Marjorie Constance Caserio

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Marjorie Constance Caserio (born February 26, 1929)[1] is an American chemist. In 1975, she was awarded the Garvan Medal by the American Chemical Society.[1]

Life and career[edit]

Caserio was born Marjorie Constance Beckett in Cricklewood, London, England. She attended the North London Collegiate School and began studying podiatry at Chelsea College, but soon developed a preference for chemistry and graduated with honors in the subject in 1950. She was awarded a Sir John Dill Fellowship by the English-Speaking Union which allowed her to study at Bryn Mawr College in the United States and she earned an MA in chemistry in 1951. Her thesis was "The alkaline hydrolysis of ethyl p-alkybenzoates."[1]

For a year she worked at the Fulmer Research Institute in rural Stoke Poges, researching the effects of fluorides on titanium, but disliked the work and decided to seek her PhD in chemistry. She interviewed with Nobel laureate Derek Barton and was accepted to Birkbeck College, but without financial aid, so she returned to Bryn Mawr. She earned her PhD in 1956. Her dissertation was "The bromination of naphthalene."[1]

She was hired by John D. Roberts for a postdoctoral position at the California Institute of Technology. She spent nine years at Caltech, working on 3 and 4 membered carbocyclic ring compounds, the reactions of alcohols with diazomethane, the hydrolysis of diaryliodonium salts, the deanimation of nitrous acid, and benzyne reaction intermediates in nucleophilic substitution. She collaborated with Roberts in writing an organic chemistry textbook, Basic Principles of Organic Chemistry, first published in 1964. Notable for its comprehensiveness and then-unusual emphasis on spectroscopy, it proved enormously influential in how the subject was taught. Also working with Roberts was chemist Fred Caserio. In 1957, she married Caserio; she became a US citizen the same year.[1]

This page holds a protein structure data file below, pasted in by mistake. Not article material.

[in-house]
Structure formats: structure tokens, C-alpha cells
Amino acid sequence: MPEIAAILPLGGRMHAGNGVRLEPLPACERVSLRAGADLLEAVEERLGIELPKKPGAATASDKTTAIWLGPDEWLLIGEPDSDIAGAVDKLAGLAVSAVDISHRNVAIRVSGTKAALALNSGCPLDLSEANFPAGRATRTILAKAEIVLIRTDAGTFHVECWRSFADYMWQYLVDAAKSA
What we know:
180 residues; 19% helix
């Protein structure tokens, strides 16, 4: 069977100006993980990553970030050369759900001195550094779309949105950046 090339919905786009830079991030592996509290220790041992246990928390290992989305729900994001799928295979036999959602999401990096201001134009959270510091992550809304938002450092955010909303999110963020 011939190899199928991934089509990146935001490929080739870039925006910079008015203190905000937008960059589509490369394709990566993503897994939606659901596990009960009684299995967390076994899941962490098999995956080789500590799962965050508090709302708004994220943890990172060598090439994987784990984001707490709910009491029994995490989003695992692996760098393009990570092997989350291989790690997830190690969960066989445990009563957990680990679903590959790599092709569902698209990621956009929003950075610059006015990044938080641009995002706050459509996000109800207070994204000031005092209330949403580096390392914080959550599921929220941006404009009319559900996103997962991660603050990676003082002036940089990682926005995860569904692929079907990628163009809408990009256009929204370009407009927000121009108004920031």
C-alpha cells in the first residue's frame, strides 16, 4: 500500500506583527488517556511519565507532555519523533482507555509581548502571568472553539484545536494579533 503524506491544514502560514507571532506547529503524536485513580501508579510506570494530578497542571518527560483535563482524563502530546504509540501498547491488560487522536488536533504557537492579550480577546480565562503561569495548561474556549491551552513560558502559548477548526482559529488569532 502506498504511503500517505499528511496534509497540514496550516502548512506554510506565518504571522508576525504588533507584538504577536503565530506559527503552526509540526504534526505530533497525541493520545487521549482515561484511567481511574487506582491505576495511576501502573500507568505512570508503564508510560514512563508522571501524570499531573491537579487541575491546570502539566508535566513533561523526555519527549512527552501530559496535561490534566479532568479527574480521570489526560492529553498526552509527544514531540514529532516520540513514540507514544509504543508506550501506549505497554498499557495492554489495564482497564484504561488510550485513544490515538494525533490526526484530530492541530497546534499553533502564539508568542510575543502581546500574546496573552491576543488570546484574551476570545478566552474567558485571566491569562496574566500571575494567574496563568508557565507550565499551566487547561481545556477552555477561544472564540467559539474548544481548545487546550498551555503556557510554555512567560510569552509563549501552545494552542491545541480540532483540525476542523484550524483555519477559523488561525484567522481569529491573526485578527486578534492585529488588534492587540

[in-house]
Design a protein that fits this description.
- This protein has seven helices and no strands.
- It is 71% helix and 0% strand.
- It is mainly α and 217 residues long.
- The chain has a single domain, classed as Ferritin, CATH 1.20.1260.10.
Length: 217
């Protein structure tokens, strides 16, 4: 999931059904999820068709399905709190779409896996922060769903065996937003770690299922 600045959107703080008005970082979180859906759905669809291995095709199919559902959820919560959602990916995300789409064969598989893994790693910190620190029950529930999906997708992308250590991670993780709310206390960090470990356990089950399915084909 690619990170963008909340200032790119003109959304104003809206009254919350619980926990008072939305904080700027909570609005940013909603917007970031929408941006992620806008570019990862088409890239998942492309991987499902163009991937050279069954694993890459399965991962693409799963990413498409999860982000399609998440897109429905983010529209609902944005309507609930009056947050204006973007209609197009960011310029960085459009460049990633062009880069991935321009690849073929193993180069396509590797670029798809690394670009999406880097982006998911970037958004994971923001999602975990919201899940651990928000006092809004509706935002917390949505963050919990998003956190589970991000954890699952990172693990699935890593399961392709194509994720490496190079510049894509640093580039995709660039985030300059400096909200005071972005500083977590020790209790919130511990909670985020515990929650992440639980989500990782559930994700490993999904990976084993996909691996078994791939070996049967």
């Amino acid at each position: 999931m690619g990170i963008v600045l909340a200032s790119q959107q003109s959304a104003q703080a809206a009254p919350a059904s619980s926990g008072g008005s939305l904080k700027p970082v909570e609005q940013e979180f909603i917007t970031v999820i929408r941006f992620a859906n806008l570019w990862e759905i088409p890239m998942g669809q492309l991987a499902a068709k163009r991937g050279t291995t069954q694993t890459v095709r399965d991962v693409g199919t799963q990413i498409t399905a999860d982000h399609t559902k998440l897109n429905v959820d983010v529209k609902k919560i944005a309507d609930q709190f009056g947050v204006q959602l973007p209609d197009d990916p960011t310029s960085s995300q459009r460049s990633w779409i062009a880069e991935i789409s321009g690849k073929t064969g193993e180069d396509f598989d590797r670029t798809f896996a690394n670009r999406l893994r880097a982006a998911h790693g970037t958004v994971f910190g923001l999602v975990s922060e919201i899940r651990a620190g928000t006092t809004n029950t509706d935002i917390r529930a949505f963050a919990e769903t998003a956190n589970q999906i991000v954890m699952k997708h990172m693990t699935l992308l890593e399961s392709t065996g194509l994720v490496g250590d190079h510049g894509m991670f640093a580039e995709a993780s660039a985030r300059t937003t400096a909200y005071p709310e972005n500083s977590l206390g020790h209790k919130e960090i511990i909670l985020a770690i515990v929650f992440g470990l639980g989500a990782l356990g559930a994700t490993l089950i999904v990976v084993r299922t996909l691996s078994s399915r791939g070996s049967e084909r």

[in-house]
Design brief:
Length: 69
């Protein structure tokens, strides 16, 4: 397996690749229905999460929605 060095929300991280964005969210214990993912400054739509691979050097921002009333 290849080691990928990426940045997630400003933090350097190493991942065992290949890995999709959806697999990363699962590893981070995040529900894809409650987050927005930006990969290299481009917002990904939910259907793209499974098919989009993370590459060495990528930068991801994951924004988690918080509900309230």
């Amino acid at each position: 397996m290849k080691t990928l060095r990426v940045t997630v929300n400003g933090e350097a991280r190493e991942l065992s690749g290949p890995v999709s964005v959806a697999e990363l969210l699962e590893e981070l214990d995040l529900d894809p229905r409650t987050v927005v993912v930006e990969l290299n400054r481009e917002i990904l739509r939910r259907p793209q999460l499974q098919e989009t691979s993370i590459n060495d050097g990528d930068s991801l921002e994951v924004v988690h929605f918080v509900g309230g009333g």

In 1964, she was hired as the second faculty member in chemistry at the brand new University of California, Irvine. At UC Irvine she worked on addition reactions in allenes and bonding and reactions of sulfur compounds. She was one of the first scientists to employ nuclear magnetic resonance and ion cyclotron resonance to study these areas. She became a full professor at UC Irvine in 1972 and chair of the chemistry department in 1987.[1]

In 1990, she became vice chancellor for academic affairs at the University of California, San Diego. She later served as interim chancellor and retired in 1996.[2]

References[edit]

  1. ^ a b c d e f Goldwhite, Harold (1993). "Marjorie Constance Beckett Caserio". In Grinstein, Louise S.; Rose, Rose K.; Rafailovich, Miriam H. Women in Chemistry and Physics: A Biobibliographic Sourcebook. Greenwood Press. pp. 85–93. 
  2. ^ Oakes, Elizabeth H. (2007). Encyclopedia of world scientists , Volume 1. InfoBase. p. 125. Retrieved July 12, 2011. 

External links[edit]